Looking north on Oak Street from the corner of Hampshire Street in Holyoke, around 1891. Image from Holyoke Illustrated (1891).
The scene in 2017:
This section of Oak Street, between Hampshire and Cabot Streets, was developed in the mid-1880s by contractor Leslie B. White. It was known as Fairmount Square, and this block included six homes on each side of the street. Each one had a brick exterior on the first floor, with wood on the upper floors, and all had similar Queen Anne-style architecture, although no two homes were identical. The houses on the west side, shown here in this scene, were at a higher elevation than the street, and had sloping yards with steps leading to the front door. Driveways are conspicuously missing from the scene, but a rear alley provided access to the garages on the properties.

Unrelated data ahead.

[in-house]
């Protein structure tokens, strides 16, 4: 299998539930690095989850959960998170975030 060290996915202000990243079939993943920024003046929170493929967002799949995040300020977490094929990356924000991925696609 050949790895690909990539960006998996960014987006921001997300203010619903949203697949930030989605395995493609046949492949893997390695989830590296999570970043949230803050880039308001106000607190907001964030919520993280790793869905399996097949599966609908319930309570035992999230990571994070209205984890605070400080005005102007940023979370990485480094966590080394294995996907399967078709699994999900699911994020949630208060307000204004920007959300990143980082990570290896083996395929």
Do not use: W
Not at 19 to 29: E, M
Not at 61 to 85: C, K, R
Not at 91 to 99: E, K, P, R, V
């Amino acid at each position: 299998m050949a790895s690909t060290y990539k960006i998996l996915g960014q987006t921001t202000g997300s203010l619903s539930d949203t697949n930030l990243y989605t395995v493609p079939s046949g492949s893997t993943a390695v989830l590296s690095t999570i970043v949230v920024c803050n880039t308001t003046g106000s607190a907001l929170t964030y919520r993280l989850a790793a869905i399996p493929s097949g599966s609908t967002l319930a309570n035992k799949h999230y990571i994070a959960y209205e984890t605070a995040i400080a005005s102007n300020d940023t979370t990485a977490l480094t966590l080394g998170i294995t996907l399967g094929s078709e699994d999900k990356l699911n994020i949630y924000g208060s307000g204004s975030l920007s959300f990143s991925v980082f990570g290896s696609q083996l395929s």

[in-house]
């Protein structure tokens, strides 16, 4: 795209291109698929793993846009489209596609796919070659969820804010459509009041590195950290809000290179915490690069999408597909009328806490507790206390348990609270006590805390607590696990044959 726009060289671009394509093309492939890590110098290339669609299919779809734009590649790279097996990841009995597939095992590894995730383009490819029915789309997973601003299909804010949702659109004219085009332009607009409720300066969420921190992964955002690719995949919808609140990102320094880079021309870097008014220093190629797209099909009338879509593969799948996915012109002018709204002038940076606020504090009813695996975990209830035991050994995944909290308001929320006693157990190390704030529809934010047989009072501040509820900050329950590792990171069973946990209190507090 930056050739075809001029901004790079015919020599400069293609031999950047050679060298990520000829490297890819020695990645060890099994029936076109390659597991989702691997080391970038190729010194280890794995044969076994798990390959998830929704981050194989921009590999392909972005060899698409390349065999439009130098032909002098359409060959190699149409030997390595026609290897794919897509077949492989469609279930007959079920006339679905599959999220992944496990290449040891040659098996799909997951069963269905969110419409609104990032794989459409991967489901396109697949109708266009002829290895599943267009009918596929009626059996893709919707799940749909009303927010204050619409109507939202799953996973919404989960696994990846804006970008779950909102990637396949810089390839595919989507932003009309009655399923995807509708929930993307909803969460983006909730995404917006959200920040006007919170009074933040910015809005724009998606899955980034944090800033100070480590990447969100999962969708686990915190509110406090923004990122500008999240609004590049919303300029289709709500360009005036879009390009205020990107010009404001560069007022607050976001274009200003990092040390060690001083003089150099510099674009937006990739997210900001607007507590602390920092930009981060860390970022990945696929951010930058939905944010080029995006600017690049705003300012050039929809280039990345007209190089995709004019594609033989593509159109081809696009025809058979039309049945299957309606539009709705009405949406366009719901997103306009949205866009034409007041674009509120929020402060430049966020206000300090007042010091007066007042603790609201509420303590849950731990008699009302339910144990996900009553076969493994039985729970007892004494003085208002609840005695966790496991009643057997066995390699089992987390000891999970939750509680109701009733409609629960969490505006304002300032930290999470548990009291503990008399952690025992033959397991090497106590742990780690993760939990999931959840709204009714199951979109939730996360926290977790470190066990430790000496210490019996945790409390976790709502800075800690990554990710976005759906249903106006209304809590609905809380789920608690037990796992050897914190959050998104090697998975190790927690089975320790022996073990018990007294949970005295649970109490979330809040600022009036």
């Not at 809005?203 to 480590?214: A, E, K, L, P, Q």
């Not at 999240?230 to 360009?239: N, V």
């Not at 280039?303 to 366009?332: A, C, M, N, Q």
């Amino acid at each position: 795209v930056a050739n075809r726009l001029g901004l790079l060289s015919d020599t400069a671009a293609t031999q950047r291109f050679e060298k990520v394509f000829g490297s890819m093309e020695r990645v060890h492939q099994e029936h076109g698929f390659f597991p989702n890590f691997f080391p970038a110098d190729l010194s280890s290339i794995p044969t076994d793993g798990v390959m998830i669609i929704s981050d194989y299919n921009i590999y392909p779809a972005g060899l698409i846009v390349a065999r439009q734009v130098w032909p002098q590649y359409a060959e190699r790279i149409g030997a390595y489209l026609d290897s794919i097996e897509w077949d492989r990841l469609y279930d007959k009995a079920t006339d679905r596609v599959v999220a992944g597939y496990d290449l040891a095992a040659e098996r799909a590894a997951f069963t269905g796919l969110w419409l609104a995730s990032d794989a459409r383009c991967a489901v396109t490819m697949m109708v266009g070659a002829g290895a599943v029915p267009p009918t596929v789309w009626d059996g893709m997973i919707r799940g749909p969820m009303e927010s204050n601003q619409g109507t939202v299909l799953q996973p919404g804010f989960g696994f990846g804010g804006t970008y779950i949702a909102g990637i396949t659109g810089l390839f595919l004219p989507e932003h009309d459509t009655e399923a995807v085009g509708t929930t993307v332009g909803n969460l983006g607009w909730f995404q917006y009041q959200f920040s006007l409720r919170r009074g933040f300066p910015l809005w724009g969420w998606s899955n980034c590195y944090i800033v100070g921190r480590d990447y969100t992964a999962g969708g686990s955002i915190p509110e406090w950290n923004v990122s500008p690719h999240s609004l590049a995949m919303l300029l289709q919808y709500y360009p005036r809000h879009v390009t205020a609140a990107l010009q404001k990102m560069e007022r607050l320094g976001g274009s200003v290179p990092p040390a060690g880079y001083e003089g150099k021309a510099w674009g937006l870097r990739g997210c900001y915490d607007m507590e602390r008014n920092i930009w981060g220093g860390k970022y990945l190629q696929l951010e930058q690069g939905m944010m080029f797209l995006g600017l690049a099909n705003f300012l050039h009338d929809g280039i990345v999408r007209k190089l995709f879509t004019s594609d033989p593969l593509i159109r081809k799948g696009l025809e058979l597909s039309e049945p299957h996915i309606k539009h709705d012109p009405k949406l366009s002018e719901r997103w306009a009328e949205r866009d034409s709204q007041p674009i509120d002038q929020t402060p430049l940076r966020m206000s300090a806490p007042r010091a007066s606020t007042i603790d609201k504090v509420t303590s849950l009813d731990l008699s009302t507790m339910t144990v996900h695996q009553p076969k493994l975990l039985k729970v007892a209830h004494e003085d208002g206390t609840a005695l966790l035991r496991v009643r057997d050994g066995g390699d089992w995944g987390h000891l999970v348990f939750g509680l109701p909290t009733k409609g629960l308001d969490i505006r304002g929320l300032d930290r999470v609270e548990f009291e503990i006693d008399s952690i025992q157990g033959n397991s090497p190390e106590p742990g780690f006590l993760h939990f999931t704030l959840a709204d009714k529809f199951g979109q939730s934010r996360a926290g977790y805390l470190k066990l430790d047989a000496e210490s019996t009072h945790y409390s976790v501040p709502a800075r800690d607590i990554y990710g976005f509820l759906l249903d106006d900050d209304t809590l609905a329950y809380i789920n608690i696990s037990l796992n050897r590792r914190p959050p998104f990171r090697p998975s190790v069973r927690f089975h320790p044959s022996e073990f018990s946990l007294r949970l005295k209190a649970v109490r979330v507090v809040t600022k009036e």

The first photo was taken only a few years after the development was completed, and shows the street lined with newly-planted trees. At the time, Holyoke was at its peak of prosperity as an industrial center, and these houses attracted a variety of middle class residents. The house on the far left, at 253 Oak Street, was originally the home of brickmaker George W. Richards, and he lived here with his wife Helen and their theee children. Just to the right, 251 Oak Street was the home of Charles E. Watson, who worked as a bookkeeper for the National Blank Book Company, although by the early 1890s it was the home of attorney Richard D. Kilduff. Further to the right, barely visible in the first photo, 249 Oak Street was the home of H. Dwight Bradburn, a manager at the Nonotuck Paper Company.
Today, more than 125 years after the first photo was taken, all of the houses on this block of Oak Street are still standing. However, most have undergone significant exterior changes over the years, particularly the addition of artificial siding. Only a few houses on either side of the street still retain their original Victorian-era details, and the name Fairmount Square has long since disappeared from use. Overall, though, the block still survives as one of Holyoke’s upscale 19th century residential developments, and provides a hint of the economic prosperity that the city experienced during this time.